With the temperatures cooling around the nation these days, I know that a lot of us are tempted to buckle down and stay in the house, but it’s the PERFECT time to get outside and get into nature (can you all tell me what PBS Kids show that line comes from?) With our students – three of them to be exact, we notice that natured focused homeschool lessons also allows them to get their wiggles out and makes for a better-focused learning environment once they are back inside a building. Whether that’s our home, a library, or some other building where they are sitting and learning, doesn’t matter. Nature-based homeschooling doesn’t have to be hard, or expensive.
It’s been shown that nature-based homeschooling lessons have encouraged a desire of preserving the environment and increases the relaxed nature of learning in children. Finding ways to not be stressed while educating your child is one way that we’ve learned to love learning together.
Here are 5 things we do to nail our nature-based homeschooling studies each year.
I found these great Nature Walk checklists browsing Pinterest, and ended up in Ms. Makinson’s store on Teachers pay Teachers, printed them out and got out of the house. Working from home and homeschooling can become a bit constrictive during the cold months, so I end up getting out as soon as we can when the weather is warm enough to do so.
Using your Pinterest boards as an organizational tool helps in these matters. Make sure you add information into the description boxes to let you know where and what you’re saving because sometimes the descriptions don’t match the item you are saving.
Join A Nature Based Museum
We are members of a local museum – Peggy Notebaert Nature Museum and love it. Money-saving hint – make sure to follow these museums on Twitter and Facebook because they often offer huge discounts around the holidays, and we’re able to buy a 2-year membership for the price of one. With the exhibits changing almost quarterly, we are able to focus our nature studies each year, without having to bring in a ton of manipulatives into our home. The museum also has a lending library for teachers, including those who homeschool, and we’re able to take bins of books, projects and all of the supplies that we would need home to use in an extended lesson if we desire. It’s definitely a great way to expand on the membership cost and really get deep into a nature-based lesson without having to drive out to a museum or another location daily.
Find a Nature-Based Show or Documentary You Love
Yes, I’m suggesting that the kids get a bit of screen time. If that’s not your jam, cool. We love series such as Nature Cat, Wild Kratts and other shows that we are able to stream via Netflix or Amazon Prime. The Planet Earth shows that air are some of our favorites, but I do find that if your child is sensitive to things like animal death or attacks, you may have to wait until they are older or just skip altogether.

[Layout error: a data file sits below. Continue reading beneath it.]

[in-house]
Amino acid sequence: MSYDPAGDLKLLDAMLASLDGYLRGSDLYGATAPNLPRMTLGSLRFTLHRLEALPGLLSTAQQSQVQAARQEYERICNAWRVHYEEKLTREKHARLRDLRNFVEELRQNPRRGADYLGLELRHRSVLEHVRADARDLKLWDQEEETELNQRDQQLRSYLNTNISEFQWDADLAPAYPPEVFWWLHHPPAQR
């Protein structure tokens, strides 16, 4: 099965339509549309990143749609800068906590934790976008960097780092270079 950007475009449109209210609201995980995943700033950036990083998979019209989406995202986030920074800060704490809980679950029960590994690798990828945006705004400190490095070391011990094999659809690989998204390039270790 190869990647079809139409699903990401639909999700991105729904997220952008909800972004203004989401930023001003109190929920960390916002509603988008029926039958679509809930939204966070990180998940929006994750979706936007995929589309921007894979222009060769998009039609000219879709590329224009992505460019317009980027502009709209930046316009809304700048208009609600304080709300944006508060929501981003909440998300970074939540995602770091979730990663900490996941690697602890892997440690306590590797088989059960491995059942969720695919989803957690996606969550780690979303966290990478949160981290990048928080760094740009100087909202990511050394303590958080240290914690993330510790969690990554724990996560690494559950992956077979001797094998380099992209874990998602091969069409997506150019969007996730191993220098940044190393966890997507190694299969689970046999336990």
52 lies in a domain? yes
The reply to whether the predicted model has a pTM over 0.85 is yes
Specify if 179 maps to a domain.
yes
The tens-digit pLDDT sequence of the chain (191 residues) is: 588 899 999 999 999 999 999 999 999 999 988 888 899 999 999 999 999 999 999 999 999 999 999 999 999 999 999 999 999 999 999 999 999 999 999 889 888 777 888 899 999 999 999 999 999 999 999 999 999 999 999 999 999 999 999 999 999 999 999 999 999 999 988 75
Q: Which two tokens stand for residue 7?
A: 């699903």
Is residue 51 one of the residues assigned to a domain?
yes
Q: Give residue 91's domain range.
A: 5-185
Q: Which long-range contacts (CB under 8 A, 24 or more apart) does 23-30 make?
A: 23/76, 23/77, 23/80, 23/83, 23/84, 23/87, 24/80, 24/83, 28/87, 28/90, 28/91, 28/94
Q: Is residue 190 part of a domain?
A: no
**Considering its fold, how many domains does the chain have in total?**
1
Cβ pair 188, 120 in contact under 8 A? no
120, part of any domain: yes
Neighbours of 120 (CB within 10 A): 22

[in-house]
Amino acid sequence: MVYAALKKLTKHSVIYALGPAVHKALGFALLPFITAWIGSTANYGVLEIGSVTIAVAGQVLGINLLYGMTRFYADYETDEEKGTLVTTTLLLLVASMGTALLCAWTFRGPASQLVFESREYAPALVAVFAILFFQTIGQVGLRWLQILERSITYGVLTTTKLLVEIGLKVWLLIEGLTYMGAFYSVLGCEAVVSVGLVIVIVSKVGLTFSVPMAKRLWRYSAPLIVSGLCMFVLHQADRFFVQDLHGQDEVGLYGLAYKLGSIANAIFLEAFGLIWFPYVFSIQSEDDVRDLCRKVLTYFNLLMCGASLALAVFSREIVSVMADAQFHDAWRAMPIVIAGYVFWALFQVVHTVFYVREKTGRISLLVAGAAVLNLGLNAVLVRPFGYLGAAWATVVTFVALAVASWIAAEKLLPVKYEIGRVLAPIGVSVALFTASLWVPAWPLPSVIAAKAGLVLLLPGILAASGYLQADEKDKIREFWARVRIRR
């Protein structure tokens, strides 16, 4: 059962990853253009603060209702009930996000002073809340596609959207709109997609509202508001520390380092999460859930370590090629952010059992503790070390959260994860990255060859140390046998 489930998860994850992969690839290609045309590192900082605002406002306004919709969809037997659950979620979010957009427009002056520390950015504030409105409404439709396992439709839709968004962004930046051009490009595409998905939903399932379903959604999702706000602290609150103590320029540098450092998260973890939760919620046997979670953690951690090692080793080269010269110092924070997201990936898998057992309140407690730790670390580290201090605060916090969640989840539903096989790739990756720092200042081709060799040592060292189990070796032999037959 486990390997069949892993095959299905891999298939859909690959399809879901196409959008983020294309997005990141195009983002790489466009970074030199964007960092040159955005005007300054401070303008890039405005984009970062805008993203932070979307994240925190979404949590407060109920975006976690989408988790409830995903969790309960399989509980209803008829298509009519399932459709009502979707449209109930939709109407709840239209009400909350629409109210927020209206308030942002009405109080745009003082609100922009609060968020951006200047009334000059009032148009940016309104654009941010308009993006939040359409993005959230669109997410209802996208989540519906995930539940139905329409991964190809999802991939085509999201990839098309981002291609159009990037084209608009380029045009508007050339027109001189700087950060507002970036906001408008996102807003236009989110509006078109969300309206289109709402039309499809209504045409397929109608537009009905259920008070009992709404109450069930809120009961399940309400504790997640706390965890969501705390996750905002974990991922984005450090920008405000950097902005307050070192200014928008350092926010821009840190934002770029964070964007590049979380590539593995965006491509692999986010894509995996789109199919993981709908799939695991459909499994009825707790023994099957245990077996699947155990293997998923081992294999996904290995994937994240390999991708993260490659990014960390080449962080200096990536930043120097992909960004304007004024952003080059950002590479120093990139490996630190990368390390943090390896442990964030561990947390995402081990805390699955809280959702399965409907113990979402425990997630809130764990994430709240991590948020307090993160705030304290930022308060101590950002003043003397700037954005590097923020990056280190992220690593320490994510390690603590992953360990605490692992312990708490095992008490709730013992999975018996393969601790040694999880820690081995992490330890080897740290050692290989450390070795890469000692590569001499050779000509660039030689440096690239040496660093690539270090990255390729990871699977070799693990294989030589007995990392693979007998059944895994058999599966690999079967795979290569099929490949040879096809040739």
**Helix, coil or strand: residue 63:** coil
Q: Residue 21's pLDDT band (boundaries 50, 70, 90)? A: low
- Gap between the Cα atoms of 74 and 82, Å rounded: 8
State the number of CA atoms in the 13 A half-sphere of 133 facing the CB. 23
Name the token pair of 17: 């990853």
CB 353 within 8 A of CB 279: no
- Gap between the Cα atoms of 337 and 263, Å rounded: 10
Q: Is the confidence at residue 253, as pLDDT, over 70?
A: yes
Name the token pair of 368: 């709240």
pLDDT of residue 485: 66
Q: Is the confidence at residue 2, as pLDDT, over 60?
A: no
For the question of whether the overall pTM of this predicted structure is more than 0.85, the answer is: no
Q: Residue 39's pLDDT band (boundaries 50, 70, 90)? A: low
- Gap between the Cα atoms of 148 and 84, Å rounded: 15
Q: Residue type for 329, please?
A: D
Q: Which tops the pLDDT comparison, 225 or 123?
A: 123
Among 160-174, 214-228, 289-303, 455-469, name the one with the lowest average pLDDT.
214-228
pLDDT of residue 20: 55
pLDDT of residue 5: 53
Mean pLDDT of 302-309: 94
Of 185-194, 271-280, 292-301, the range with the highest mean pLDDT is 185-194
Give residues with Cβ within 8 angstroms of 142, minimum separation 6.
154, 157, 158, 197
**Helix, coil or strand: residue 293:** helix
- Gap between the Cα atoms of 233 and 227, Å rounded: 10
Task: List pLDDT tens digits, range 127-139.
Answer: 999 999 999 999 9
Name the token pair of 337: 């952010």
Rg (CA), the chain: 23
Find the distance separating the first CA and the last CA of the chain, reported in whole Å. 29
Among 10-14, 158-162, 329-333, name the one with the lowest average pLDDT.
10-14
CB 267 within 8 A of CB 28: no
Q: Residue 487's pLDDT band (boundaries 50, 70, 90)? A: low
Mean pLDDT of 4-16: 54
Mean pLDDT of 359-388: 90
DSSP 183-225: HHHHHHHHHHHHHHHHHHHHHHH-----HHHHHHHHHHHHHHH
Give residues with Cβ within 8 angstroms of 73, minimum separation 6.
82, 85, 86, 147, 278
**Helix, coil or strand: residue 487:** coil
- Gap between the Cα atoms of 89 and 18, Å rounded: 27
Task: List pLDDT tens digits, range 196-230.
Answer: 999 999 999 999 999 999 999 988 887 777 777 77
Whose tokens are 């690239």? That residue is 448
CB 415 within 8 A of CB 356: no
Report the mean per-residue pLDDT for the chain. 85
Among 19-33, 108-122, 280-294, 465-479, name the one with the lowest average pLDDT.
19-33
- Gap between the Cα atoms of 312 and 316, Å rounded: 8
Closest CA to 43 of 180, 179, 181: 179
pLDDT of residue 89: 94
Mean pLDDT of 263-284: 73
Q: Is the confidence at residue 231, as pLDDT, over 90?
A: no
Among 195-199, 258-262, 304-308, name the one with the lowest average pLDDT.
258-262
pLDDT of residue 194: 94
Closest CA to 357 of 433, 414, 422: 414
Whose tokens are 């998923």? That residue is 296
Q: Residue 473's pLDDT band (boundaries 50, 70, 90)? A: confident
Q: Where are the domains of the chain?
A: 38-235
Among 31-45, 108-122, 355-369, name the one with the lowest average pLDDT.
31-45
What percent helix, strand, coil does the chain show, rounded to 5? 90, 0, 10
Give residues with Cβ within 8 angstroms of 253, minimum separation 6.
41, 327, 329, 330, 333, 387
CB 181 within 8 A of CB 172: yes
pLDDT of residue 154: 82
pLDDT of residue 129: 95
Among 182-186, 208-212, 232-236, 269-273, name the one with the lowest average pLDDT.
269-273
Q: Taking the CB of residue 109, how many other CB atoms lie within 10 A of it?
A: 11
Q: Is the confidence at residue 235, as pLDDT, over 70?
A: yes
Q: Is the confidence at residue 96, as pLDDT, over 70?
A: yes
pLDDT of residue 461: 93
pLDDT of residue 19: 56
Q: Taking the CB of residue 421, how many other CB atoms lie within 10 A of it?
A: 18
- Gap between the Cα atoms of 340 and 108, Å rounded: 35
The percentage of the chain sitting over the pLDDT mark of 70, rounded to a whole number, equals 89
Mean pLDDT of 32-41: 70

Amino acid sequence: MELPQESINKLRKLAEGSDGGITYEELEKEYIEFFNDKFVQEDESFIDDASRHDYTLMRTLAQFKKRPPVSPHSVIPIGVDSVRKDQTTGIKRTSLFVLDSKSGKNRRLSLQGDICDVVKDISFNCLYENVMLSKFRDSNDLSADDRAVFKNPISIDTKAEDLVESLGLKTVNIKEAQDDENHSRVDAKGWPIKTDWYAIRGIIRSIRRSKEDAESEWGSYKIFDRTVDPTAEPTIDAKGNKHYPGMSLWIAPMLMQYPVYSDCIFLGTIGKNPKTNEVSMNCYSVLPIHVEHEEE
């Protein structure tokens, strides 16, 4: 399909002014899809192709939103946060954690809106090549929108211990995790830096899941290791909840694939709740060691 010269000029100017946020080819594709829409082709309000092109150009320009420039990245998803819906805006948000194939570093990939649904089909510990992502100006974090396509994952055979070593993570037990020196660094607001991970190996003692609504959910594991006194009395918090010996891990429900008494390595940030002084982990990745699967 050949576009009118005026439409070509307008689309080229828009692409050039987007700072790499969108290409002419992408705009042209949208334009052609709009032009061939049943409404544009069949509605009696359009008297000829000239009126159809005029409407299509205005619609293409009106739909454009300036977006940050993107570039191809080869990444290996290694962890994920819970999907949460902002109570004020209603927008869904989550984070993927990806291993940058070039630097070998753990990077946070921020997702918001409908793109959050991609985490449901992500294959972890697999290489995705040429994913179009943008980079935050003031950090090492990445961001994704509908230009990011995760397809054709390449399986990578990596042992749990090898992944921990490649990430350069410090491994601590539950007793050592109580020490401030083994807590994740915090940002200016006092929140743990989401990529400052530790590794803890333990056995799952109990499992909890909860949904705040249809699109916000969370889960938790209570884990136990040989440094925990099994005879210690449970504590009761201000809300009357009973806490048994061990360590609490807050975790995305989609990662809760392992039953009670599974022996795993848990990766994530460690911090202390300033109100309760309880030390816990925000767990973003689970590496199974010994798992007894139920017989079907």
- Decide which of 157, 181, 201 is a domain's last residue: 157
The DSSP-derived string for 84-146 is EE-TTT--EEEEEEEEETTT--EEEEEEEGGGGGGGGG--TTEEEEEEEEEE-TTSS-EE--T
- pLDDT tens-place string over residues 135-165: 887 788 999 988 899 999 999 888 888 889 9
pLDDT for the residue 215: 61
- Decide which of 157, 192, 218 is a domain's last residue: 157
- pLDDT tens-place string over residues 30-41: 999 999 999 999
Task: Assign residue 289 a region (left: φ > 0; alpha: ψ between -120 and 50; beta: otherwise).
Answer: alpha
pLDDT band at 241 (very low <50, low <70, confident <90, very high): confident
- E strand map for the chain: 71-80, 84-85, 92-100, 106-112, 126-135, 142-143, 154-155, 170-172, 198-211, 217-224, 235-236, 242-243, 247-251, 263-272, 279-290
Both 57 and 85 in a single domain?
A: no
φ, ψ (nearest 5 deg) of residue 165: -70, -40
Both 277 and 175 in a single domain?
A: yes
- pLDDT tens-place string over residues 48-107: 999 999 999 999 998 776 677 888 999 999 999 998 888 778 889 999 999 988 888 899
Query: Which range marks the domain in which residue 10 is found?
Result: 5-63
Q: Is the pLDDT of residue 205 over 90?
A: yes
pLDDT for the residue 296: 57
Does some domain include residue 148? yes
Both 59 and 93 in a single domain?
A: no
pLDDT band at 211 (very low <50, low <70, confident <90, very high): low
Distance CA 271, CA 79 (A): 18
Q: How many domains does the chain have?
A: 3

Photo Credit: Houseful Of Nicholes
Take A Nature Walk
And take it with nothing in mind but to take in as much of the natural environment in your neighborhood as you can. Also, think about taking the road less traveled. We tend to get into a routine even on walking routes, so try to explore an area that you haven’t before.
We’ve found on our walks the things that I would totally ignore as an adult because that’s how we roll these days. Being able to see the world from the POV of your children often gets us to slow down and appreciate the things they are interested in learning about as well. But we all knew this right? Homeschooling isn’t just for the children, but for us to expand our joy of learning too.
With nature walks, we started with small notebooks that the kids could draw or write in to keep track of what they saw. Now, one of them has moved up to carrying my first camera along with her so that she can take photographs and then research what she’s seen. I’ve also downloaded a plant app that helps us identify a lot of the plants we see during our walks because let’s face it, trying to remember descriptors of plants one hour after seeing them can be tough on the brain.
Let the Seasons Guide You
The same way you should shop for produce to maintain a great grocery budget is the way that you should organize your nature-based homeschool units. This doesn’t have to be a single season only unit, and can always be interwoven with other subjects that you are teaching. Use pinecones in the fall for math lessons. How about estimating the number of dandelions in a square foot for that same subject? Want to know the history of trees? Check out which regions have which trees and how they came to be! Art class can be as simple as sitting in a forest preserve with a canvas or sketchbook from your local craft store and recreating the landscape in a medium that the students use, or in a style that you’re learning in art history.
Don’t forget to also use your public library for inspiration and texts so that you don’t buy too many books (is that possible) while teaching!
We don’t have to overthink nature when it has given us so much inspiration already.
How are you incorporating nature-based homeschool in your lessons this year?